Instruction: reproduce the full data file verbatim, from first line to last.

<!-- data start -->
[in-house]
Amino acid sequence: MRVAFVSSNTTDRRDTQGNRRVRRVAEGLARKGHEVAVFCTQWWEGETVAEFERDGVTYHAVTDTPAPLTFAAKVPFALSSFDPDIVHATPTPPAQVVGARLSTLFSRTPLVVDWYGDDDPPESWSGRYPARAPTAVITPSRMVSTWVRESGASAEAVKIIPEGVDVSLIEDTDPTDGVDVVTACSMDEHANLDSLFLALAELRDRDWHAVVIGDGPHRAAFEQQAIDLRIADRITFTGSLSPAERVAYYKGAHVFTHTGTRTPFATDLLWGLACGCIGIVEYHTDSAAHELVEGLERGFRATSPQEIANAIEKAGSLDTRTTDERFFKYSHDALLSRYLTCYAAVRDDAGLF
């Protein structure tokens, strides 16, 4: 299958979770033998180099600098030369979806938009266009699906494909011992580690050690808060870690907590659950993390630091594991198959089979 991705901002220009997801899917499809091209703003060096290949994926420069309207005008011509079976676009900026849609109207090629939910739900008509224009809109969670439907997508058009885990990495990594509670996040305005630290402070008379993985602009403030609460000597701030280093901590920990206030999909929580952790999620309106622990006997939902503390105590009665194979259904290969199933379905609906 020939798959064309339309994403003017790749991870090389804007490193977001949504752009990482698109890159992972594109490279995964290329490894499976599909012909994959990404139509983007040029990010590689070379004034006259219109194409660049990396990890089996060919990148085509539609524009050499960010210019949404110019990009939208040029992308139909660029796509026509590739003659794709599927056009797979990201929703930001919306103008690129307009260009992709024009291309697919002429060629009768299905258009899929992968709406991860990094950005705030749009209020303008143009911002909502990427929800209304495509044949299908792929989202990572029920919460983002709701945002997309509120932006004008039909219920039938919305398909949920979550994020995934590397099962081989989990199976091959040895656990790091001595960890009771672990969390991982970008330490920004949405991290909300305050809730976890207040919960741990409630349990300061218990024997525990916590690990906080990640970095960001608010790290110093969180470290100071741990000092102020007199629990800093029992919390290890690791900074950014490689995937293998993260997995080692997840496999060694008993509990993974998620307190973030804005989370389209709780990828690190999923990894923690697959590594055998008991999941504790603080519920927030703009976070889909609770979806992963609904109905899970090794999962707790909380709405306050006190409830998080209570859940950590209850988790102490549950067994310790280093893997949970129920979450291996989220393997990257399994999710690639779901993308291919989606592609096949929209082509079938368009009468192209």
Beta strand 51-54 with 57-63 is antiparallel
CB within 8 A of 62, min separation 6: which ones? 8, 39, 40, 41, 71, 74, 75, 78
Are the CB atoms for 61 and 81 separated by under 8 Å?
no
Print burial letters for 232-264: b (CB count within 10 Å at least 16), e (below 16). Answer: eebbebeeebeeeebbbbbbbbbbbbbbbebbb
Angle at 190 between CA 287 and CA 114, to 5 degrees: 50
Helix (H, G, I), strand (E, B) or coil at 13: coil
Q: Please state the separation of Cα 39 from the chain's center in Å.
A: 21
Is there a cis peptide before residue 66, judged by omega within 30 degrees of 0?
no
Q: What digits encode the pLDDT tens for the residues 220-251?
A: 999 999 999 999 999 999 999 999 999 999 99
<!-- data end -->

[in-house]
Amino acid sequence: MRVAFVSSNTTDRRDTQGNRRVRRVAEGLARKGHEVAVFCTQWWEGETVAEFERDGVTYHAVTDTPAPLTFAAKVPFALSSFDPDIVHATPTPPAQVVGARLSTLFSRTPLVVDWYGDDDPPESWSGRYPARAPTAVITPSRMVSTWVRESGASAEAVKIIPEGVDVSLIEDTDPTDGVDVVTACSMDEHANLDSLFLALAELRDRDWHAVVIGDGPHRAAFEQQAIDLRIADRITFTGSLSPAERVAYYKGAHVFTHTGTRTPFATDLLWGLACGCIGIVEYHTDSAAHELVEGLERGFRATSPQEIANAIEKAGSLDTRTTDERFFKYSHDALLSRYLTCYAAVRDDAGLF
């Protein structure tokens, strides 16, 4: 299958979770033998180099600098030369979806938009266009699906494909011992580690050690808060870690907590659950993390630091594991198959089979 991705901002220009997801899917499809091209703003060096290949994926420069309207005008011509079976676009900026849609109207090629939910739900008509224009809109969670439907997508058009885990990495990594509670996040305005630290402070008379993985602009403030609460000597701030280093901590920990206030999909929580952790999620309106622990006997939902503390105590009665194979259904290969199933379905609906 020939798959064309339309994403003017790749991870090389804007490193977001949504752009990482698109890159992972594109490279995964290329490894499976599909012909994959990404139509983007040029990010590689070379004034006259219109194409660049990396990890089996060919990148085509539609524009050499960010210019949404110019990009939208040029992308139909660029796509026509590739003659794709599927056009797979990201929703930001919306103008690129307009260009992709024009291309697919002429060629009768299905258009899929992968709406991860990094950005705030749009209020303008143009911002909502990427929800209304495509044949299908792929989202990572029920919460983002709701945002997309509120932006004008039909219920039938919305398909949920979550994020995934590397099962081989989990199976091959040895656990790091001595960890009771672990969390991982970008330490920004949405991290909300305050809730976890207040919960741990409630349990300061218990024997525990916590690990906080990640970095960001608010790290110093969180470290100071741990000092102020007199629990800093029992919390290890690791900074950014490689995937293998993260997995080692997840496999060694008993509990993974998620307190973030804005989370389209709780990828690190999923990894923690697959590594055998008991999941504790603080519920927030703009976070889909609770979806992963609904109905899970090794999962707790909380709405306050006190409830998080209570859940950590209850988790102490549950067994310790280093893997949970129920979450291996989220393997990257399994999710690639779901993308291919989606592609096949929209082509079938368009009468192209």
Beta strand 51-54 with 57-63 is antiparallel
CB within 8 A of 62, min separation 6: which ones? 8, 39, 40, 41, 71, 74, 75, 78
Are the CB atoms for 61 and 81 separated by under 8 Å?
no
Print burial letters for 232-264: b (CB count within 10 Å at least 16), e (below 16). Answer: eebbebeeebeeeebbbbbbbbbbbbbbbebbb
Angle at 190 between CA 287 and CA 114, to 5 degrees: 50
Helix (H, G, I), strand (E, B) or coil at 13: coil
Q: Please state the separation of Cα 39 from the chain's center in Å.
A: 21
Is there a cis peptide before residue 66, judged by omega within 30 degrees of 0?
no
Q: What digits encode the pLDDT tens for the residues 220-251?
A: 999 999 999 999 999 999 999 999 999 999 99